During the curvilinear hand motion, the part of the retina that is responsible for sharp, detailed central vision tracked the movement, dragging the audience’s attention along with it, while the straight hand motion produced rapid eye movements between two points that reduced attention to the magician’s hand motion. Her experiments verified—and explained—the magician’s observations.

Says Macknik, “We found that Apollo Robbins was exactly correct: when he moves his hands in a certain way, you get different kinds of eye movements, and this leads to the way we allocate our attention in different ways. Before we did this project, it was fundamentally not known that these eye movements worked in this way.” Their finding, published in a paper entitled “Stronger Misdirection in Curved than in Straight Motion,” opens the way for further research in the link between eye movement and attention.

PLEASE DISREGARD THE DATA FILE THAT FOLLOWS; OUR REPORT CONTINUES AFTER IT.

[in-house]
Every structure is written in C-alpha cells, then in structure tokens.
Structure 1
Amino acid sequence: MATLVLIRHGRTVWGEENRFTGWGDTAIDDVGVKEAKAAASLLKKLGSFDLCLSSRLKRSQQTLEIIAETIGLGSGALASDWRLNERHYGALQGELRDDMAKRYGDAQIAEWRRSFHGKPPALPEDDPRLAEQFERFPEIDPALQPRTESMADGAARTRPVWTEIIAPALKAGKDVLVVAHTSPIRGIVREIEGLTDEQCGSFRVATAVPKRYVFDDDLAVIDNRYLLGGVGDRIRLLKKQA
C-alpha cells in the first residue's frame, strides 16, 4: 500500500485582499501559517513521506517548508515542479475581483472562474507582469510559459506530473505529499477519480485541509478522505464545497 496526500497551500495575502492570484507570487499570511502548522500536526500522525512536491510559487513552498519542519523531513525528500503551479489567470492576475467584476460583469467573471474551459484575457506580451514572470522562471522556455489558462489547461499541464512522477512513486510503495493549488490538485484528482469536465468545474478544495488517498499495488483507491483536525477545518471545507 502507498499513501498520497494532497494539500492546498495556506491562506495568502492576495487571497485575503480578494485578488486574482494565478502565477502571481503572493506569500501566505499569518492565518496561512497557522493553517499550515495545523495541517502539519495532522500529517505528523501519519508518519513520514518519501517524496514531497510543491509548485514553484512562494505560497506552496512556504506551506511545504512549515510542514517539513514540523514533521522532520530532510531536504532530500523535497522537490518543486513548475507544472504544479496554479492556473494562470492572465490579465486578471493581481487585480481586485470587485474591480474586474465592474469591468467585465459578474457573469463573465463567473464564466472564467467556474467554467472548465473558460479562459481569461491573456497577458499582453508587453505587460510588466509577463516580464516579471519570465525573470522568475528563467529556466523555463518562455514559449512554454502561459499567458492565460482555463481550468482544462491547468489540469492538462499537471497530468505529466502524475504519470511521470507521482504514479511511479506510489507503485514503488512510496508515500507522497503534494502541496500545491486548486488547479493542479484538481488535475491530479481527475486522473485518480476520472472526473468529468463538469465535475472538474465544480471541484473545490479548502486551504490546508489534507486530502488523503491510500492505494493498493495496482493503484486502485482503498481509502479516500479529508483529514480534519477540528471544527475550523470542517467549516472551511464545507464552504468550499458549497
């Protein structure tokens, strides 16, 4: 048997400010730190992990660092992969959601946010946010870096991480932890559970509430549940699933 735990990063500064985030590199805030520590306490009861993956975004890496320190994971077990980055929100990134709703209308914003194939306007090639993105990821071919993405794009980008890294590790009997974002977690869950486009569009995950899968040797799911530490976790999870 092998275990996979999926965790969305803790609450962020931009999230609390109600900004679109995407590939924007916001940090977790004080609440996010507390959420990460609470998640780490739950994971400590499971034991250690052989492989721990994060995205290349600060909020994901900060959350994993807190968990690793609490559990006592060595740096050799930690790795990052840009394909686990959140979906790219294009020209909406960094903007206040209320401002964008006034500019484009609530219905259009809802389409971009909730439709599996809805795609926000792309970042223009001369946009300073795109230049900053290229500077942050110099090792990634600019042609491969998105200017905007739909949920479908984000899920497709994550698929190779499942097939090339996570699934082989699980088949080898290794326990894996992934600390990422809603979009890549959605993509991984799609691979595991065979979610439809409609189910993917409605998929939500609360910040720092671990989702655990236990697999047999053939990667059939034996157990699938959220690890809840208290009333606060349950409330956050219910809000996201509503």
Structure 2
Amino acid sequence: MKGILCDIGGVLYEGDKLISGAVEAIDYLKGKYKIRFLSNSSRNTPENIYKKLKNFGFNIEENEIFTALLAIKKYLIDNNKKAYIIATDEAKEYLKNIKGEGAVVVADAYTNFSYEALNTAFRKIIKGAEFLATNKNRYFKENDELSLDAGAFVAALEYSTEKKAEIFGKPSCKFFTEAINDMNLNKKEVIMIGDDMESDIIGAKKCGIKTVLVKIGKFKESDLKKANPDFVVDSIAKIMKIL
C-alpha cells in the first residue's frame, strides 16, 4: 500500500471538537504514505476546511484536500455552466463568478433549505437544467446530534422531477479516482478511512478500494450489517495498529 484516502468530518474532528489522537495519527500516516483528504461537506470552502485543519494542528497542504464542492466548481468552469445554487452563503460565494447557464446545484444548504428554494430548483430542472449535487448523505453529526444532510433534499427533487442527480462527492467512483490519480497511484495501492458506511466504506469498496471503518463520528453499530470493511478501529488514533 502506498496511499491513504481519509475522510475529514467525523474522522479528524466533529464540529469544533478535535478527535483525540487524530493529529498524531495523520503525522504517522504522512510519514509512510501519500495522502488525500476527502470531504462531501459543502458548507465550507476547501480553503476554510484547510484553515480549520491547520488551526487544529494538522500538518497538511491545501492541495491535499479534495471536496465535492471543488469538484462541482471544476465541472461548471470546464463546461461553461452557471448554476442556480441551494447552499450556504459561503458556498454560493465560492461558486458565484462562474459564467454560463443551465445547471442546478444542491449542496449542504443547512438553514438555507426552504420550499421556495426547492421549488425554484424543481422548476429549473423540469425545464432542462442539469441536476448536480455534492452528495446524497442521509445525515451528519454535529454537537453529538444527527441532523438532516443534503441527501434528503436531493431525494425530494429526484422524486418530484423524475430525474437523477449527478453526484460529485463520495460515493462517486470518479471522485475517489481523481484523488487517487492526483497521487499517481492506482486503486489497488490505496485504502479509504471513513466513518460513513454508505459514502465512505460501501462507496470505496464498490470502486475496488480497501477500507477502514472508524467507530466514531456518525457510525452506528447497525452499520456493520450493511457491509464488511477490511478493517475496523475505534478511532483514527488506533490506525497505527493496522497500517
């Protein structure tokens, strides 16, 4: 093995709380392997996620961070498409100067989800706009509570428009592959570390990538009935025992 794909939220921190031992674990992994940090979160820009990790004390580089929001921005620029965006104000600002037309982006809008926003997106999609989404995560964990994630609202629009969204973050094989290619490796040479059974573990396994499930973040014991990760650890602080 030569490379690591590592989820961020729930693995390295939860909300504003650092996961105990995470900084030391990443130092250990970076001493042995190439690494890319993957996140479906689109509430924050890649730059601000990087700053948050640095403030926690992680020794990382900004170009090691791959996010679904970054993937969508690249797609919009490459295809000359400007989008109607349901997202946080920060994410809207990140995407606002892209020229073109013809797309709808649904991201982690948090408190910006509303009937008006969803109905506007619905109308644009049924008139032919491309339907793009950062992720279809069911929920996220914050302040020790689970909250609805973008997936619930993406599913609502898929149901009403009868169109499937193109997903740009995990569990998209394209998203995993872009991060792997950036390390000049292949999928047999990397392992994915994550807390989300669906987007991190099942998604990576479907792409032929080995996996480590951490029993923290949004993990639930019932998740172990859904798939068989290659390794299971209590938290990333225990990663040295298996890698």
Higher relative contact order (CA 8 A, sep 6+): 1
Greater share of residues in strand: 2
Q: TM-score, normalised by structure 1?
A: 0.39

Martinez-Conde is currently working with patients with Alzheimer’s, while Macknik is using eye tracking and change detection measures to investigate attention and cognition in autistic patients. “The neural domain in the brain that controls attention is linked to vision, emotions, and mood disorders,” he says. “By studying the fundamental mechanism that underlies attention, we’re studying how all of those various domains in the brain interact with each other.”

Macknik and Martinez-Conde might call what they do neuroscience, but to the thousands who will benefit from their research, it’s magic.

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  • Whenever I break down a trick there’s almost a reverse-engineering process. In fact, I start at the end and create a “hammock” by adding the beginning. The middle is all based on relying on how an audience member will interpret what is happening and keeping the actions as normal as possible.